Paul Burton is an iPhone photographer with a particular focus on Manchester city centre.
“People are often surprised to hear that I don’t own a ‘real’ camera!” he says.
“I am Manchester born, Stockport raised and living in Saddleworth – music, visual arts, football and beer is what makes me tick and I spent my formative years playing bass in a band around all of Manchester’s live music venues.
“With a young family and demanding job, taking, editing and posting images on social media allows me in some part to scratch a creative itch.
“I still can’t believe that there are people out there who want to see my phone images and this keeps me sharing.
“I hope to get a ‘real’ camera in the near future and would like to do something more with my images, particularly with a view to helping raise money for local charities… so watch this space!
“My Instagram account is for the most part my homage to Manchester and I am delighted to share five of my favourite images from the last 12 months or so, as I take a lunch hour stroll around town.”
Here Paul picks five of his favourite images and explains why he chose them – as well as sharing some fascinating facts about each location.
Tucked away between Deansgate and St Ann’s Square, Barton Arcade is a true jewel in Manchester’s crown having been extensively restored in the 1980’s.
This Grade II listed Victorian shopping arcade in all its cast iron and glass splendour is (in my opinion) the best place for a coffee or a haircut in Manchester.
I have dealt with Barton Arcade several times over the years as part of my day job, but, until recently, have never been able to capture its essence in a phone image.
However, I do hope this image goes someway in conveying the feel of the place as the sunlight cascades in though the magnificent glass dome.
Fact: The arcade and glass dome were damaged during the December 1940 Manchester Blitz.
Cambridge Street towards The Ritz
A twenty minute walk south brings you to Cambridge Street and quite often, different weather!
I like this image – puddles, double yellow lines, graffiti, low viewpoint and a stonking bit of Victorian engineering.
I now recognise that I am subconsciously drawn to leading lines and foreground interest as compositional devices.
This location signals the start of my favourite few streets in town for taking pictures.
Fact: Lily Maxwell, the first woman in England to vote, ran a tea and china shop here.
The Hotspur Press, Cambridge Street
Do a 180 degree turn and you will be met with The Hotspur Press in all its dilapidated red brick Victorian splendour.
The warehouse was formerly used as a cotton mill, before being taken over by printing company Percy Brothers who for over 70 years printed a huge variety of popular comic books from here.
This is my favourite Manchester building.
Seemingly always on the cusp of redevelopment, it will be a shame once it is inevitably converted (presumably into student/residential accommodation) but is obviously necessary.
Let’s hope that any redevelopment is sympathetic and preserves that fantastic façade and signage.
Fact: This and the two other mills previously on Cambridge Street were connected by underground tram tunnels to allow unimpeded movement of materials between them.
The Salisbury Pub
Just around the corner, The Salisbury sits at the bottom of a cobbled street beside the railway viaduct that runs into Oxford Road Station, with an adjacent steep set of steps up to Oxford Road Station.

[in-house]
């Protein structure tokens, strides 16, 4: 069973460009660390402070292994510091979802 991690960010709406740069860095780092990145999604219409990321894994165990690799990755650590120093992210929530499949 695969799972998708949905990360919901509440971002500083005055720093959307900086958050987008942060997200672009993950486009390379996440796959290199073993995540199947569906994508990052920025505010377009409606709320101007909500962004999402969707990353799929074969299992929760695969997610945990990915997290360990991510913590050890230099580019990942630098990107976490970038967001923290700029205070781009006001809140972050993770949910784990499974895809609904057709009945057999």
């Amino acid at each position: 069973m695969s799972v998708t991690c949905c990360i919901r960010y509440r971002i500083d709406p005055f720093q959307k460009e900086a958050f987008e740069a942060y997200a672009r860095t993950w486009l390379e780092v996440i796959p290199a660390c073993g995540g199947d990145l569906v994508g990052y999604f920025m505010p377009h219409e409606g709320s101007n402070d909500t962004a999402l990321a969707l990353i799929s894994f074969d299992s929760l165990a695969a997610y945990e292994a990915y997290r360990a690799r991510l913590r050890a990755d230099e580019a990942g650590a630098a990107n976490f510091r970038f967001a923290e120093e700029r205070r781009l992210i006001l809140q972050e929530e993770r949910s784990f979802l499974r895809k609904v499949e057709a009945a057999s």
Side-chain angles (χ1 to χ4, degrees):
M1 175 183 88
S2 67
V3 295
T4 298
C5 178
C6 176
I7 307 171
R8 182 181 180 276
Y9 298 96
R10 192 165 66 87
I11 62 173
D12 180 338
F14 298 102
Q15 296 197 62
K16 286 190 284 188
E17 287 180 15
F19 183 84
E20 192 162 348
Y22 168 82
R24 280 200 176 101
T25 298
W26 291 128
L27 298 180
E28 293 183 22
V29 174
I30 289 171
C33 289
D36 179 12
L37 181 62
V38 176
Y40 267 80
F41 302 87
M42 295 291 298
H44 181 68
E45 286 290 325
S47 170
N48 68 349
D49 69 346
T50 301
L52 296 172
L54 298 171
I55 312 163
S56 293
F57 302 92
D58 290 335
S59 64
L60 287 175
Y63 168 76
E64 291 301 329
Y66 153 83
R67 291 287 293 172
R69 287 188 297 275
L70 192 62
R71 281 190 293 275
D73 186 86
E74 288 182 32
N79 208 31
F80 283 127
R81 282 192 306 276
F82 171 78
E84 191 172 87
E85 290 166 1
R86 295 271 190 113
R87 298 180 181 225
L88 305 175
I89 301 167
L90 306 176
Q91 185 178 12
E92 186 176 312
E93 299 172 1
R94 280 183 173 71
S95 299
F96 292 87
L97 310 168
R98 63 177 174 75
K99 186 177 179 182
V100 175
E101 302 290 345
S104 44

I have always been fascinated with pubs – the buildings the people, the stories – and this is a great example of a moody Mancunian backstreet boozer.
Fond recollections of raucous nights in The Salisbury or not so fond recollections of failed attempts to negotiate the treacherous steps down from the station, images of this location always generate so many memories.
This image was taken during lockdown as evidenced by the face masks and the boarded up pub windows, which I think gives it a slight melancholy feel.
I think that the aspect ratio works well here and is something I am trying more and more notwithstanding Instagram’s limitations.
Even on a bright day this location feels like a throwback to a by-gone era.
Fact: As the plaque on the outside wall says, the pub once sat within one of the poorest areas of Manchester known as Little Ireland because of the nationality of the majority of its residents.
Spinningfields, towards The Ivy
Back to the office after lunch. I have worked in the Spinningfields area of town since late 2006 and am a real estate partner in a Manchester law firm.
During such time I have seen the area change dramatically, particularly during and after the 2008 recession and more recently, the pandemic.
With its modern combination of greys, metals, glass, neon food and drink outlet signs and greasy looking walkways, I particularly like the reflections (it’s always wet!) and symmetry here.
In terms of leading lines, this part of town takes some beating.
This image shows the fantastic “IHeartYouManchester” installation at The Ivy which was erected at the back end of 2020, with the imposing No.1 Spinningfields in the background.
The timber framed building housing The Ivy forms a dramatic contrast with the surrounding steel and aluminium, and is a popular focal point for the area.
Fact: The rooftop restaurant/bar ‘20 Stories‘ is actually on the 19th floor of the No 1 Spinningfields building and has the highest commercial kitchen in Manchester. In my opinion, it also has Manchester’s best toilet view!